Under the check the box rules, entities owned by one person can often be disregarded for federal tax purposes. Such entities are referred to as "disregarded entities."
As time has progressed since the passage of the check the box rules, the IRS has created more and more exceptions to the disregarded treatment. The following is a summary of the principal exceptions, but is not intended to be exhaustive. If any readers think we have missed anything major, please feel free to comment to this posting.
- Status is modified if the single owner of the entity is a bank. Treas. Regs. Section 301.7701-2(c)(2) (iii).
- Status is modified for certain tax liabilities. Treas. Regs. Section 301.7701-2(c)(2)(iii). These include: (1) federal tax liabilities of the entity with respect to any taxable period for which the entity was not disregarded; (2) federal tax liabilities of any other entity for which the entity is liable; and (3) refunds or credits of federal tax.
- Disregarded status ignored or modified for taxes imposed under Subtitle - Employment Taxes and Collection of Income Tax (Chapters 21, 22, 23, 23A 24, and 25 of the Code) and taxes imposed under Subtitle A including Chapter 2 - Tax on SelffEmployment Income. Treas. Regs. Section 301.7701-2(c) (2) (iv) (A).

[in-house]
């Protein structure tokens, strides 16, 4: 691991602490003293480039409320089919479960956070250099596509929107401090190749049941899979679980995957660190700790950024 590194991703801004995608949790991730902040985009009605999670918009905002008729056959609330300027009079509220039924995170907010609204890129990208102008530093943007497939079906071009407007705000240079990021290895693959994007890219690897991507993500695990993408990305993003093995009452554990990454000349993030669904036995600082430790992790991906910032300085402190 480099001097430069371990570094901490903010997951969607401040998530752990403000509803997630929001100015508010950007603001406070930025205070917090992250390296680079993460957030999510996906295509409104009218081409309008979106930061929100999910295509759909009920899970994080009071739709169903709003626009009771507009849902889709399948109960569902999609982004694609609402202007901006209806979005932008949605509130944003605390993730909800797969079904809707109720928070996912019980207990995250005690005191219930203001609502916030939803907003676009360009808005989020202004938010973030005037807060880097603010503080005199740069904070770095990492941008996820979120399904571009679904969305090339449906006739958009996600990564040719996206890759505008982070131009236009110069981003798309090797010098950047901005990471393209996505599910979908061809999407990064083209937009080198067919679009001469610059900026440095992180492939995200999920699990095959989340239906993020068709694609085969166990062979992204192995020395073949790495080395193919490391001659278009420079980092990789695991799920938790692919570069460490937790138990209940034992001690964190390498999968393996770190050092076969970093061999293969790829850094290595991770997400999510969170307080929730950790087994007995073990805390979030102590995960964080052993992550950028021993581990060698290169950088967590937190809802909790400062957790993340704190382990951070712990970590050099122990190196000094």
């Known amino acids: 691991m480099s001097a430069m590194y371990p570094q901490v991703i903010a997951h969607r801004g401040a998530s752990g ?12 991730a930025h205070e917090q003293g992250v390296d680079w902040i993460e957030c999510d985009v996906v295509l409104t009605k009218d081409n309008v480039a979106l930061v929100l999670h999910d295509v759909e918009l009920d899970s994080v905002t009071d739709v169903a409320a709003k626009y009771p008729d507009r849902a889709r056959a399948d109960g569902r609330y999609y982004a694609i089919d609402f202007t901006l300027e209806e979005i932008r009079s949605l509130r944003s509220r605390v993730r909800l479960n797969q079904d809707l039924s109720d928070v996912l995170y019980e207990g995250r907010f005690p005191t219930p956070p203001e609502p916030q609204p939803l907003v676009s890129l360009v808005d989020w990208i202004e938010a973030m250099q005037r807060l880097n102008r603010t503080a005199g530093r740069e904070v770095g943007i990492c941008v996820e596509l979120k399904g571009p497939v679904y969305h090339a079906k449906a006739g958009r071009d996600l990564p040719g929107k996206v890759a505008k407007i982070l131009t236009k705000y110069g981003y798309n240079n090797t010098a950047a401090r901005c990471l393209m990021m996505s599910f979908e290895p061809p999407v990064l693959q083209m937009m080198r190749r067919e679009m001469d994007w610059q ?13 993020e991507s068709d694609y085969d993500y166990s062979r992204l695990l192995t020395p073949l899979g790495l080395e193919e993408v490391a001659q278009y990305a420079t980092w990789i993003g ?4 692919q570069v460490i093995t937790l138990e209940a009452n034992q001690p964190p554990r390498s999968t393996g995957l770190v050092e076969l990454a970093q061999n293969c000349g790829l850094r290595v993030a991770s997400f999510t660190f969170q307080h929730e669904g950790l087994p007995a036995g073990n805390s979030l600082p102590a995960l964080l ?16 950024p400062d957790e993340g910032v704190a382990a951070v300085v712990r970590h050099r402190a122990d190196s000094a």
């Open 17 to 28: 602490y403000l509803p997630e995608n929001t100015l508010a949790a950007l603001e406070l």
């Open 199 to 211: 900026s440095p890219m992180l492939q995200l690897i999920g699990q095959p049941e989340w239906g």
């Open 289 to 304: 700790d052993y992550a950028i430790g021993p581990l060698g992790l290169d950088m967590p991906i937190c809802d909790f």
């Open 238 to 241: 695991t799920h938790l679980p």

- Status is modified for certain excise taxes, as described in Treas.Regs. Section 301.7701-2(c)(2J(v). Although liability for excise taxes isn't dependent on an entity's classification, an entity's classification is relevant for certain tax administration purposes, such as determining the proper location for filing a notice of federal tax lien and the place for hand-carrying a return under Code Section 6091
- Conduit financing proposed regulations will treat a disregarded entity as separate from its single member. Code Section 7701 (I).
- Special rules will apply in hybrid situations. Hybrid situations are circumstances where an entity is not disregarded in one jurisdiction but is disregarded in another.